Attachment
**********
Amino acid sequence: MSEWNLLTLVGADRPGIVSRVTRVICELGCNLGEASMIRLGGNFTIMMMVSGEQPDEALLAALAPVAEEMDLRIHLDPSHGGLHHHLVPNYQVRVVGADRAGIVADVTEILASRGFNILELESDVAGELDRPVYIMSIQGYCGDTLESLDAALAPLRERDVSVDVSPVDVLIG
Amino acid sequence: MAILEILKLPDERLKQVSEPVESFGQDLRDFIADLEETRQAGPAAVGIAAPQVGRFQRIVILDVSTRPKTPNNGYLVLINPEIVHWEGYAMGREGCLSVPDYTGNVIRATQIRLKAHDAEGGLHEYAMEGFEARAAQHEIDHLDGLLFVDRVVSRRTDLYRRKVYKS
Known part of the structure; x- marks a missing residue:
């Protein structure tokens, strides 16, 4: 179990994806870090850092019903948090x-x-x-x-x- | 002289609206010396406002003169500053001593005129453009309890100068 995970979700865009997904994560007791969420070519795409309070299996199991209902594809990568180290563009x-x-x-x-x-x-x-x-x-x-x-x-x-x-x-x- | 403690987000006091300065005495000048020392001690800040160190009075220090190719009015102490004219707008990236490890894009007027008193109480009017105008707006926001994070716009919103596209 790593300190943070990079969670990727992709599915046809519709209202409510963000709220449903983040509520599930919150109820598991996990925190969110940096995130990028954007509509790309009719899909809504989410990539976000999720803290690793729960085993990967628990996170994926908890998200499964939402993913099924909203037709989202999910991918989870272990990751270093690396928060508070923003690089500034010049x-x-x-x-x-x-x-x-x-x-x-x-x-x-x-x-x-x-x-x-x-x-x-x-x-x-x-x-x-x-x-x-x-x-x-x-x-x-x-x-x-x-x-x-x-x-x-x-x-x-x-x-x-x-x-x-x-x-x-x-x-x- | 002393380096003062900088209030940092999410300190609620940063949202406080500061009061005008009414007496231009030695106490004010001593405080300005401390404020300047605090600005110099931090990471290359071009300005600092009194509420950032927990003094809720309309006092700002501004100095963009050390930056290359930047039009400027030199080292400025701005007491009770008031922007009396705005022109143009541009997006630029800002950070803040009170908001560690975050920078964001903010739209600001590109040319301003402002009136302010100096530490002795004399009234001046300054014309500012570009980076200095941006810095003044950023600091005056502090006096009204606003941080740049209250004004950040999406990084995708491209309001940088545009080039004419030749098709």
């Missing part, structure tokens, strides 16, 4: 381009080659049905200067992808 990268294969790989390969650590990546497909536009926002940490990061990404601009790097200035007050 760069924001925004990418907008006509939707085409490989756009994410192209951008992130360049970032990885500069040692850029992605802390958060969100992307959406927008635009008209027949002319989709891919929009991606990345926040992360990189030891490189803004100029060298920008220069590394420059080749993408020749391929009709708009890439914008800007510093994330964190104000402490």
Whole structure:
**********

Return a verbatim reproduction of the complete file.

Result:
Amino acid sequence: MSEWNLLTLVGADRPGIVSRVTRVICELGCNLGEASMIRLGGNFTIMMMVSGEQPDEALLAALAPVAEEMDLRIHLDPSHGGLHHHLVPNYQVRVVGADRAGIVADVTEILASRGFNILELESDVAGELDRPVYIMSIQGYCGDTLESLDAALAPLRERDVSVDVSPVDVLIG
Amino acid sequence: MAILEILKLPDERLKQVSEPVESFGQDLRDFIADLEETRQAGPAAVGIAAPQVGRFQRIVILDVSTRPKTPNNGYLVLINPEIVHWEGYAMGREGCLSVPDYTGNVIRATQIRLKAHDAEGGLHEYAMEGFEARAAQHEIDHLDGLLFVDRVVSRRTDLYRRKVYKS
Known part of the structure; x- marks a missing residue:
């Protein structure tokens, strides 16, 4: 179990994806870090850092019903948090x-x-x-x-x- | 002289609206010396406002003169500053001593005129453009309890100068 995970979700865009997904994560007791969420070519795409309070299996199991209902594809990568180290563009x-x-x-x-x-x-x-x-x-x-x-x-x-x-x-x- | 403690987000006091300065005495000048020392001690800040160190009075220090190719009015102490004219707008990236490890894009007027008193109480009017105008707006926001994070716009919103596209 790593300190943070990079969670990727992709599915046809519709209202409510963000709220449903983040509520599930919150109820598991996990925190969110940096995130990028954007509509790309009719899909809504989410990539976000999720803290690793729960085993990967628990996170994926908890998200499964939402993913099924909203037709989202999910991918989870272990990751270093690396928060508070923003690089500034010049x-x-x-x-x-x-x-x-x-x-x-x-x-x-x-x-x-x-x-x-x-x-x-x-x-x-x-x-x-x-x-x-x-x-x-x-x-x-x-x-x-x-x-x-x-x-x-x-x-x-x-x-x-x-x-x-x-x-x-x-x-x- | 002393380096003062900088209030940092999410300190609620940063949202406080500061009061005008009414007496231009030695106490004010001593405080300005401390404020300047605090600005110099931090990471290359071009300005600092009194509420950032927990003094809720309309006092700002501004100095963009050390930056290359930047039009400027030199080292400025701005007491009770008031922007009396705005022109143009541009997006630029800002950070803040009170908001560690975050920078964001903010739209600001590109040319301003402002009136302010100096530490002795004399009234001046300054014309500012570009980076200095941006810095003044950023600091005056502090006096009204606003941080740049209250004004950040999406990084995708491209309001940088545009080039004419030749098709």
């Missing part, structure tokens, strides 16, 4: 381009080659049905200067992808 990268294969790989390969650590990546497909536009926002940490990061990404601009790097200035007050 760069924001925004990418907008006509939707085409490989756009994410192209951008992130360049970032990885500069040692850029992605802390958060969100992307959406927008635009008209027949002319989709891919929009991606990345926040992360990189030891490189803004100029060298920008220069590394420059080749993408020749391929009709708009890439914008800007510093994330964190104000402490």
Whole structure: